In 2015, the University of Oklahoma announced its membership in the National Science Foundation’s South Big Data Regional Innovation Hub, an initiative designed to use big data analytics to help find solutions to problems in diverse areas like health care, habitat planning, materials and manufacturing, and emergency management planning. As Oklahoma continues looking to data science to improve life throughout the state, professionals working in this fast emerging field will benefit from higher salary offers as employers compete for top talent.<!- mfunc feat_school ->
Even before Oklahoma began participating in the South Big Data Regional Innovation Hub, the state provided data science professionals with great employment opportunities and top salaries. According to the United States Department of Labor, in 2014 the Northwestern Oklahoma nonmetropolitan area was the fifth highest paying nonmetropolitan area in the nation for data scientists working in financial services.
Starting Salary Ranges for Data Scientist in Oklahoma’s Major Cities
Starting salaries for data scientists working in Oklahoma remain relatively consistent; yet more competitive wages are more common in more populated cities like Tulsa. The city housed three Fortune 500 companies in 2015 including ONEOK, NGL Energy Partners, and Williams Cos. In that year, these companies each racked in between $7 billion and $13 billion in revenue, making energy-based businesses the biggest provider of high-salaried jobs in the area.
Not to be overshadowed, Oklahoma City’s thriving tech scene is also drawing more industry-based pros like data scientists. According to CBRE, an international real estate firm, between 2010 and 2013 Oklahoma City’s access to tech talent swelled by 39%. This recent surge is largely attributed Paycom Software Inc., the biggest tech company in the city. From 2015 to 2020, Paycom intends to hire over 1,000 additional employees, which will open more opportunities for data scientists.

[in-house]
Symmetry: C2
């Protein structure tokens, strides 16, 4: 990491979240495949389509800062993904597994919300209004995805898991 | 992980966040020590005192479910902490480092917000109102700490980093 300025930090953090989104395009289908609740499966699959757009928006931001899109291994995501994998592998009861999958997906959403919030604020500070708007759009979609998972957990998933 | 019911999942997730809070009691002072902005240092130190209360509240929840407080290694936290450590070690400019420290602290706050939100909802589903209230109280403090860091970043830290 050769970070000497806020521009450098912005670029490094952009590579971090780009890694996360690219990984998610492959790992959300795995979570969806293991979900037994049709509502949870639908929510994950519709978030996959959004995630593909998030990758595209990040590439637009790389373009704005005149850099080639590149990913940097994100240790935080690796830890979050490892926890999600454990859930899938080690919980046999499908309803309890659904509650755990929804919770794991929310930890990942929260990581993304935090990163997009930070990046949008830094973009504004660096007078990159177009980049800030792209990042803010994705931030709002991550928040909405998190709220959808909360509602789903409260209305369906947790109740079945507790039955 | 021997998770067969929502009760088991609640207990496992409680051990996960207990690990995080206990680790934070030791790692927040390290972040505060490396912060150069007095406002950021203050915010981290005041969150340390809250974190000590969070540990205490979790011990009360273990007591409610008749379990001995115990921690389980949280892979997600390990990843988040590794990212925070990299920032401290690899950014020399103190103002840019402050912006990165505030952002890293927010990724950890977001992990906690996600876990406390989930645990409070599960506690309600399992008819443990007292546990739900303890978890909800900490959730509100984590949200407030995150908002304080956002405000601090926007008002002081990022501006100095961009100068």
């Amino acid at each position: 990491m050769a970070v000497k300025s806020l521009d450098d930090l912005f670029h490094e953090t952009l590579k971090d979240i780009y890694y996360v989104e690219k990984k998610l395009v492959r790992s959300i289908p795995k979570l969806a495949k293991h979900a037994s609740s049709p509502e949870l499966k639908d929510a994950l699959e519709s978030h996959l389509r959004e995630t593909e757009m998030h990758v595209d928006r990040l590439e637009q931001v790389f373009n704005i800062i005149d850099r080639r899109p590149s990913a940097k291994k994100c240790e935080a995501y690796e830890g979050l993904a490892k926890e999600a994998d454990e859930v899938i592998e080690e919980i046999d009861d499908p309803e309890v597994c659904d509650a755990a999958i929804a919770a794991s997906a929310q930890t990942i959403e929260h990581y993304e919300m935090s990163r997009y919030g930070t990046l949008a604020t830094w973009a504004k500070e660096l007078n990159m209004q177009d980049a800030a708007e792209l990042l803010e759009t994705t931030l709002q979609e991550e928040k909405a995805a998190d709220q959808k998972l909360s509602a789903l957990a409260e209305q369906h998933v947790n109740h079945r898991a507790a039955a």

Oklahoma City’s growing startup community is also attracting better salary options for data scientists. In 2014, CNN even named Oklahoma City at the top of its list of “10 Best Cities to Launch a Startup” due the area’s affinity for small business loans, low cost of living, and low income taxes. Oklahoma City also boasts successful business incubators such as the Moore Norman Technology Center and the Catbird Seat.
Oklahoma State University’s presence in Oklahoma City is also calling to the future of big data in the state. In fact, the university hosted the Big Data Conference at the Cox convention Center in 2015.
Robert Half Technology released the following starting salary ranges for data scientists across Oklahoma’s major cities in 2016. The IT staffing giant estimated these salaries by reviewing thousands of its job placements from past years. Salaries exclude bonuses and other incentives:
Oklahoma City Area
- Oklahoma: $101,000-$143,000
- Lawton: $77,000-$109,000
- Tulsa: $101,000-$143,000
- Norman: $101,000-$143,000
- Broken Arrow: $101,000-$143,000
- Edmond: $101,000-$143,000
- Moore: $101,000-$143,000
- Midwest City: $101,000-$143,000
A Look at Salaries for Oklahoma’s Data Science Professions by Professional Role and Industry
In 2014, the United States Department of Labor released average annual salary findings for data scientists in Oklahoma specific to their role, and their industry of employment:
Computer and Information Research Science
Tulsa’s Statistical Modeling Specialists were the Highest Paid in the State
A salary analysis performed by the United States Department of Labor in 2014 revealed that statistical modeling specialists employed in Tulsa and Oklahoma City areas earned the following:
- Oklahoma City – $85,330
- Tulsa – $93,310
Salaries for Data Scientists Working in Operations Research in Oklahoma
In 2014, the United States Department of Labor reported that data scientists in operations research working in the Tulsa and Oklahoma City areas earned:
Oklahoma City – $95,080
Tulsa – $94,940
The US Department of Labor, Bureau of Labor Statistics information shown here reflects salary data for broad occupational classifications that include data scientists. These estimates are expressed as the 90th percentile average to reflect the fact that data scientists are recognized as the top earners within each classification.